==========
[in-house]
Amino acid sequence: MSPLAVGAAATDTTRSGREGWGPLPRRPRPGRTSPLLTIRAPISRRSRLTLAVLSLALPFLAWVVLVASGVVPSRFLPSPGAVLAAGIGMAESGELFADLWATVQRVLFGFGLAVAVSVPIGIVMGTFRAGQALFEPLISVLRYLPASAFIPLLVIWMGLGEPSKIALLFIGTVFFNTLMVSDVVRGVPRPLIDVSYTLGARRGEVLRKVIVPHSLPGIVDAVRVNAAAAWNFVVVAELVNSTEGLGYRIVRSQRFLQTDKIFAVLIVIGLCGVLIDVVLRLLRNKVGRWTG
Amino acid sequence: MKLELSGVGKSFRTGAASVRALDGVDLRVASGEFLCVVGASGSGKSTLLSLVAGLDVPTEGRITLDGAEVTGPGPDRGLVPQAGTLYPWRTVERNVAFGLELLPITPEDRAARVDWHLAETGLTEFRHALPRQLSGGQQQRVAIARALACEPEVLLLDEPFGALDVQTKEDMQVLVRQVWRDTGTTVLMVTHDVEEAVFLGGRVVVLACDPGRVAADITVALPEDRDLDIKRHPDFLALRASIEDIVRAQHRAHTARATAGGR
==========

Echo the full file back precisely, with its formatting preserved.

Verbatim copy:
[in-house]
Amino acid sequence: MSPLAVGAAATDTTRSGREGWGPLPRRPRPGRTSPLLTIRAPISRRSRLTLAVLSLALPFLAWVVLVASGVVPSRFLPSPGAVLAAGIGMAESGELFADLWATVQRVLFGFGLAVAVSVPIGIVMGTFRAGQALFEPLISVLRYLPASAFIPLLVIWMGLGEPSKIALLFIGTVFFNTLMVSDVVRGVPRPLIDVSYTLGARRGEVLRKVIVPHSLPGIVDAVRVNAAAAWNFVVVAELVNSTEGLGYRIVRSQRFLQTDKIFAVLIVIGLCGVLIDVVLRLLRNKVGRWTG
Amino acid sequence: MKLELSGVGKSFRTGAASVRALDGVDLRVASGEFLCVVGASGSGKSTLLSLVAGLDVPTEGRITLDGAEVTGPGPDRGLVPQAGTLYPWRTVERNVAFGLELLPITPEDRAARVDWHLAETGLTEFRHALPRQLSGGQQQRVAIARALACEPEVLLLDEPFGALDVQTKEDMQVLVRQVWRDTGTTVLMVTHDVEEAVFLGGRVVVLACDPGRVAADITVALPEDRDLDIKRHPDFLALRASIEDIVRAQHRAHTARATAGGR